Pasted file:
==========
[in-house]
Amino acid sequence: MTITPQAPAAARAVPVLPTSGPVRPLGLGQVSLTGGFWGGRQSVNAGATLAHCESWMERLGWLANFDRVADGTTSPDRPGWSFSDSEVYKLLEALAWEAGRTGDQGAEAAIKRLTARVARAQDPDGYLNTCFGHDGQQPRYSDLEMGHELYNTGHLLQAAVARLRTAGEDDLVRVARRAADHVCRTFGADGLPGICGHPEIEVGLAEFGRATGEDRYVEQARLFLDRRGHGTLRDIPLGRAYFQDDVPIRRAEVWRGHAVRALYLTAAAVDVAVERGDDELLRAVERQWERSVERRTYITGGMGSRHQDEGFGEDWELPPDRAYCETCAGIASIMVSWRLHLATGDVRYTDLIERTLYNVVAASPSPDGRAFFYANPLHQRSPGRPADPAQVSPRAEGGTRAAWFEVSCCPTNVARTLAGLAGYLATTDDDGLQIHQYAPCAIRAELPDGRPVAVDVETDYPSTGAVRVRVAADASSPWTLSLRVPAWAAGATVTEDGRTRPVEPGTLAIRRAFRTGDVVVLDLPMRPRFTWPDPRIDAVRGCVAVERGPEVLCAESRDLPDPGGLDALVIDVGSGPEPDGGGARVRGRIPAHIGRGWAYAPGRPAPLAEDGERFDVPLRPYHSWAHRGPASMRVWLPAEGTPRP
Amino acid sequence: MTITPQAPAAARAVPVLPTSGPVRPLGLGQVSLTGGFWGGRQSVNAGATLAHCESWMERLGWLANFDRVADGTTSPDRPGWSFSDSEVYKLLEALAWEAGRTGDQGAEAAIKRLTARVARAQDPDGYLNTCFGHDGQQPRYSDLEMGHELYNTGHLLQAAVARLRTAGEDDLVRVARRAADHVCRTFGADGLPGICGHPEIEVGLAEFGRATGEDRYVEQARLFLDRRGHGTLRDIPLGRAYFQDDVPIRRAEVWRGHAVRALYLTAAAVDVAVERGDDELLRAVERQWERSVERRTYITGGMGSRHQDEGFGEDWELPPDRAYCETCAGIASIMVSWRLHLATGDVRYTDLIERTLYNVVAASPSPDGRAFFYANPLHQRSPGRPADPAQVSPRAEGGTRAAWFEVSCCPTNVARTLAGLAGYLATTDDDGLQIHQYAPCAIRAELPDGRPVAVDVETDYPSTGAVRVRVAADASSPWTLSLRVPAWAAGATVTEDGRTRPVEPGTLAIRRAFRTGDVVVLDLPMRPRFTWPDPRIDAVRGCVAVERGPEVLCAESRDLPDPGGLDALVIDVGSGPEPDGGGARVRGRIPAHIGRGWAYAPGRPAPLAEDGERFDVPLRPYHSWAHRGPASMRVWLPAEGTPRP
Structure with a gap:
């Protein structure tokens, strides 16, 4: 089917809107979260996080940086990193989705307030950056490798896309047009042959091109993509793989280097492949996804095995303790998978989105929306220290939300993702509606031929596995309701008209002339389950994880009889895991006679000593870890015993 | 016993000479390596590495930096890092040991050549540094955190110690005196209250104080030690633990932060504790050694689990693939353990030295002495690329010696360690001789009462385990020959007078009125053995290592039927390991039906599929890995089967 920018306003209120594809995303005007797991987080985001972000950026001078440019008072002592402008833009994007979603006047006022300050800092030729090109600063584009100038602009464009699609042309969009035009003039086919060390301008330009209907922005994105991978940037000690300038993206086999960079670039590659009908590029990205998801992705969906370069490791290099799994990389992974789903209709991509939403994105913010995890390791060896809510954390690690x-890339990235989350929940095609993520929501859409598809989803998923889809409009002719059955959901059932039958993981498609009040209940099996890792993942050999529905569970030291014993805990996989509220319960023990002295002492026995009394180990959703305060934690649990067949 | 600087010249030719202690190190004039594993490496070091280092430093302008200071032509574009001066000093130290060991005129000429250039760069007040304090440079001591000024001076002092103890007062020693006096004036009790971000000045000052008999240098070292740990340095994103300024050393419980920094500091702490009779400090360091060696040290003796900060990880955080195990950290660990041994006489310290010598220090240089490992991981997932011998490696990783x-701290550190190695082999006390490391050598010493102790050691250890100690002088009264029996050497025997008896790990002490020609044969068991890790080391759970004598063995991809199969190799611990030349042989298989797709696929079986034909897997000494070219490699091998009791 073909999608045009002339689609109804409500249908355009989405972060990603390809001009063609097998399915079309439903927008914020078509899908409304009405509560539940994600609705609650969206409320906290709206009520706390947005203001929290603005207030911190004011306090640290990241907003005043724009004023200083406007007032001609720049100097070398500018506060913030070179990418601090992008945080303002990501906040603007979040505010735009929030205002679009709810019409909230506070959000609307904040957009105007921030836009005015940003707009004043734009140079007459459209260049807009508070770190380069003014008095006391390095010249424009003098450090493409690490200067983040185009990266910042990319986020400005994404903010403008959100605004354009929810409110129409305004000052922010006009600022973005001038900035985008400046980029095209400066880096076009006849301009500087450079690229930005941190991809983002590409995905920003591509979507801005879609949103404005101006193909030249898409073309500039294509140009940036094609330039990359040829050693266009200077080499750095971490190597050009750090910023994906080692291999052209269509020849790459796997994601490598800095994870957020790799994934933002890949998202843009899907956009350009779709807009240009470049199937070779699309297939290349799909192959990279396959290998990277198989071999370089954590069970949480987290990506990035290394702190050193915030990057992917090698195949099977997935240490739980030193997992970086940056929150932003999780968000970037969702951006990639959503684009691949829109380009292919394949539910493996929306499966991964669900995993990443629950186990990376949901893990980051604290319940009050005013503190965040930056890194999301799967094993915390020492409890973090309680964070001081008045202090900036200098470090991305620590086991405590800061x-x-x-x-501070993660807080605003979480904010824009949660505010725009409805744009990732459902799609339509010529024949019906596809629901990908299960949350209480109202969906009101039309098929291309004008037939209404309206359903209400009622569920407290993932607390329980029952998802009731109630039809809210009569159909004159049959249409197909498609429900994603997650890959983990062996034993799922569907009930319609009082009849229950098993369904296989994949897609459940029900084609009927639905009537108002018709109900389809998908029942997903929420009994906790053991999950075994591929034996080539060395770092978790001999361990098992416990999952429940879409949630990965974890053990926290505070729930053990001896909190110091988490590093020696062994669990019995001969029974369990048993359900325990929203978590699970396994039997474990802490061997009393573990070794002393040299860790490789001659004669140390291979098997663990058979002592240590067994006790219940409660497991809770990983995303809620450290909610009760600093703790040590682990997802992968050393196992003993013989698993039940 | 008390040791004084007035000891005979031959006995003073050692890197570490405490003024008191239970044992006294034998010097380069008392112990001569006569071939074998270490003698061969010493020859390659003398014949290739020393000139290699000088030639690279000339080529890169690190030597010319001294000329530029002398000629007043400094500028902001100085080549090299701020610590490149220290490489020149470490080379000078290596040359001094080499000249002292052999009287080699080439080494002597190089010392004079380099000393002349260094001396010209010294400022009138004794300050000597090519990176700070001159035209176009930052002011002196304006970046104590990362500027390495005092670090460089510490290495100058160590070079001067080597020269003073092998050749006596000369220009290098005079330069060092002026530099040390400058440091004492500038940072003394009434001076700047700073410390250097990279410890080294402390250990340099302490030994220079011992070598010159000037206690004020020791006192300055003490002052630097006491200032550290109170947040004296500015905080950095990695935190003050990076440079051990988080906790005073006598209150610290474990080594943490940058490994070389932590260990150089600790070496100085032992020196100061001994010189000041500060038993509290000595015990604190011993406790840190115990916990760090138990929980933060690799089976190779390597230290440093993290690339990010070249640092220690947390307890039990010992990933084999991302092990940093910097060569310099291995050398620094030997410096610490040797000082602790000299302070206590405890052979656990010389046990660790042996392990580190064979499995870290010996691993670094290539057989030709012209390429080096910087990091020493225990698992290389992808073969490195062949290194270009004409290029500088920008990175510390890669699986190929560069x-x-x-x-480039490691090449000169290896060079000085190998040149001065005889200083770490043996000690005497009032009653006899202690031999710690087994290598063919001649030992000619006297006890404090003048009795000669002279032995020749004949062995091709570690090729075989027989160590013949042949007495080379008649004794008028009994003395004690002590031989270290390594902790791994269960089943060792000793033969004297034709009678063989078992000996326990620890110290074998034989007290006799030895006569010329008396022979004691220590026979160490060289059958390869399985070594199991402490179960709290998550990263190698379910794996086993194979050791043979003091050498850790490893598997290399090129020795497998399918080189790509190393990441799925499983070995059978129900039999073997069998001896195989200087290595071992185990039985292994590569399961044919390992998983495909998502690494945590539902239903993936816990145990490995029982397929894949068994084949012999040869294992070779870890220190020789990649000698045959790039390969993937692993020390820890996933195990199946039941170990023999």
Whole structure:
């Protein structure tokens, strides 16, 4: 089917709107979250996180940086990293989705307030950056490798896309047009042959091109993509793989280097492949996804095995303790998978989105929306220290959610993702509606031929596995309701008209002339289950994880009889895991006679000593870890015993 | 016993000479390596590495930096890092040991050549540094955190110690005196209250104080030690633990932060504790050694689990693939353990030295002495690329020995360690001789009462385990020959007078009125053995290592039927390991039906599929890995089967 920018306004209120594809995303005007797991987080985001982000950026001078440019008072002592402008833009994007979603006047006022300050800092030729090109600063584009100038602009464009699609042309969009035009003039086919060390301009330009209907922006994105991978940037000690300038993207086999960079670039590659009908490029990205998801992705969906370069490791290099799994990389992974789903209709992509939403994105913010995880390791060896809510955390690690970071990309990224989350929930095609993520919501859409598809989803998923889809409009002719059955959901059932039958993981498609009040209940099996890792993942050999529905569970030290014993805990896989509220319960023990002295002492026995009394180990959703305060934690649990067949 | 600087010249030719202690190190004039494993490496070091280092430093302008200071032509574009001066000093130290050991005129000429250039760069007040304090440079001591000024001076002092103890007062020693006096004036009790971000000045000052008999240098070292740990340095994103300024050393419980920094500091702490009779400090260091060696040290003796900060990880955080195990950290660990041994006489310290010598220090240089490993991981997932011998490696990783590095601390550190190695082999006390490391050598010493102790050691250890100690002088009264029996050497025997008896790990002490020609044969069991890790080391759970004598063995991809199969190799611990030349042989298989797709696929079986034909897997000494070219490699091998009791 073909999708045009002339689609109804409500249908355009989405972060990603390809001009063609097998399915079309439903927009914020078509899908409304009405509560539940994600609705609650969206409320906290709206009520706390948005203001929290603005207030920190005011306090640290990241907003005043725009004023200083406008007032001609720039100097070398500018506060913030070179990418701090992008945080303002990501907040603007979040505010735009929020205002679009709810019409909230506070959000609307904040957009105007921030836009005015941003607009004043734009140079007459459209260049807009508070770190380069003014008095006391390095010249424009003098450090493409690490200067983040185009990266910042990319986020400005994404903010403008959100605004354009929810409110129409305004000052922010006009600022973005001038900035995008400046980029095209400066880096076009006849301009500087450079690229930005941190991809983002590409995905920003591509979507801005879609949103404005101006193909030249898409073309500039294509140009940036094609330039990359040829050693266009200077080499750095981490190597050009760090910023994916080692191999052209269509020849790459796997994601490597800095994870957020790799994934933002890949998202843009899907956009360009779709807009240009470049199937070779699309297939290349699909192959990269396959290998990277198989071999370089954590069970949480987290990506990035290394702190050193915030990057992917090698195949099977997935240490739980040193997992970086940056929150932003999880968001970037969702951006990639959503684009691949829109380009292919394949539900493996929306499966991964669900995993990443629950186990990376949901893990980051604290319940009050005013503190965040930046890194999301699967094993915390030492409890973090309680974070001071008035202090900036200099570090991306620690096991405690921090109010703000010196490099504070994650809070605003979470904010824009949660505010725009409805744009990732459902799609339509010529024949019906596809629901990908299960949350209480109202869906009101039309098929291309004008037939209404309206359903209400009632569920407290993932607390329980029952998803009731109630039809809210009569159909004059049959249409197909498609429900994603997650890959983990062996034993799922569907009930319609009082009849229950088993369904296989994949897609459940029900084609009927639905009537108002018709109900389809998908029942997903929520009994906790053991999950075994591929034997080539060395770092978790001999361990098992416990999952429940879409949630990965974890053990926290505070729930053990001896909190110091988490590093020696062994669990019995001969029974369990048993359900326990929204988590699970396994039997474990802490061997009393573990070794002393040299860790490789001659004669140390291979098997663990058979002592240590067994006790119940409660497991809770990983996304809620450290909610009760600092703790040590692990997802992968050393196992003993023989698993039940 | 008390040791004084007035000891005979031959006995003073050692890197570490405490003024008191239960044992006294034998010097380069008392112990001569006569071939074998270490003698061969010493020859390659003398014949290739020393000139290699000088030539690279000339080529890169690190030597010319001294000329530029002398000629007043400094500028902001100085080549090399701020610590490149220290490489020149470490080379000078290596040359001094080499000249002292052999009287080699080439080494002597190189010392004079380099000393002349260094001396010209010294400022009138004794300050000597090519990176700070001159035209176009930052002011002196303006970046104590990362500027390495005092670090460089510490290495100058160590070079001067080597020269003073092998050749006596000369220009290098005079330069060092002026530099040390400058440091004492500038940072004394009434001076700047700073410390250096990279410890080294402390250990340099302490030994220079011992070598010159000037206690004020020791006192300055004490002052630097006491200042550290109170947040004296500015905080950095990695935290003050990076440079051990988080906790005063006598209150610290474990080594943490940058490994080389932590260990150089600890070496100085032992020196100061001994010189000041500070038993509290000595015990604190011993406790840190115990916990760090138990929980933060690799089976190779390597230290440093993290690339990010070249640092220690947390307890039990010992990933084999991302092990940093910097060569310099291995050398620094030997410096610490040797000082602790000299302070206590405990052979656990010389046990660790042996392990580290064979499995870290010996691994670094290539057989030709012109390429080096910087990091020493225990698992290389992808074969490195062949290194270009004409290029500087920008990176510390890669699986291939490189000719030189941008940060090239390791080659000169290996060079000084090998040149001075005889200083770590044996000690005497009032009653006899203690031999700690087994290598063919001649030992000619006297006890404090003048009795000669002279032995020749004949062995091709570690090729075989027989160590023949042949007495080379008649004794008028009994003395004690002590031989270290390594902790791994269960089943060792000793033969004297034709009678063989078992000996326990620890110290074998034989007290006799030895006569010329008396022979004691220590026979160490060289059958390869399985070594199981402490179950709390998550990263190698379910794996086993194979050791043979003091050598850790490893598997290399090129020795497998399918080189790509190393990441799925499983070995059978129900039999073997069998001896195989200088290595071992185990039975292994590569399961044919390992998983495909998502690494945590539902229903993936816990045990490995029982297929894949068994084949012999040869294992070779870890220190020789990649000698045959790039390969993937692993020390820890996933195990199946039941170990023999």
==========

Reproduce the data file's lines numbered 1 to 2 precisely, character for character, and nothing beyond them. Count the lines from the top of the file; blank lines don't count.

[in-house]
Amino acid sequence: MTITPQAPAAARAVPVLPTSGPVRPLGLGQVSLTGGFWGGRQSVNAGATLAHCESWMERLGWLANFDRVADGTTSPDRPGWSFSDSEVYKLLEALAWEAGRTGDQGAEAAIKRLTARVARAQDPDGYLNTCFGHDGQQPRYSDLEMGHELYNTGHLLQAAVARLRTAGEDDLVRVARRAADHVCRTFGADGLPGICGHPEIEVGLAEFGRATGEDRYVEQARLFLDRRGHGTLRDIPLGRAYFQDDVPIRRAEVWRGHAVRALYLTAAAVDVAVERGDDELLRAVERQWERSVERRTYITGGMGSRHQDEGFGEDWELPPDRAYCETCAGIASIMVSWRLHLATGDVRYTDLIERTLYNVVAASPSPDGRAFFYANPLHQRSPGRPADPAQVSPRAEGGTRAAWFEVSCCPTNVARTLAGLAGYLATTDDDGLQIHQYAPCAIRAELPDGRPVAVDVETDYPSTGAVRVRVAADASSPWTLSLRVPAWAAGATVTEDGRTRPVEPGTLAIRRAFRTGDVVVLDLPMRPRFTWPDPRIDAVRGCVAVERGPEVLCAESRDLPDPGGLDALVIDVGSGPEPDGGGARVRGRIPAHIGRGWAYAPGRPAPLAEDGERFDVPLRPYHSWAHRGPASMRVWLPAEGTPRP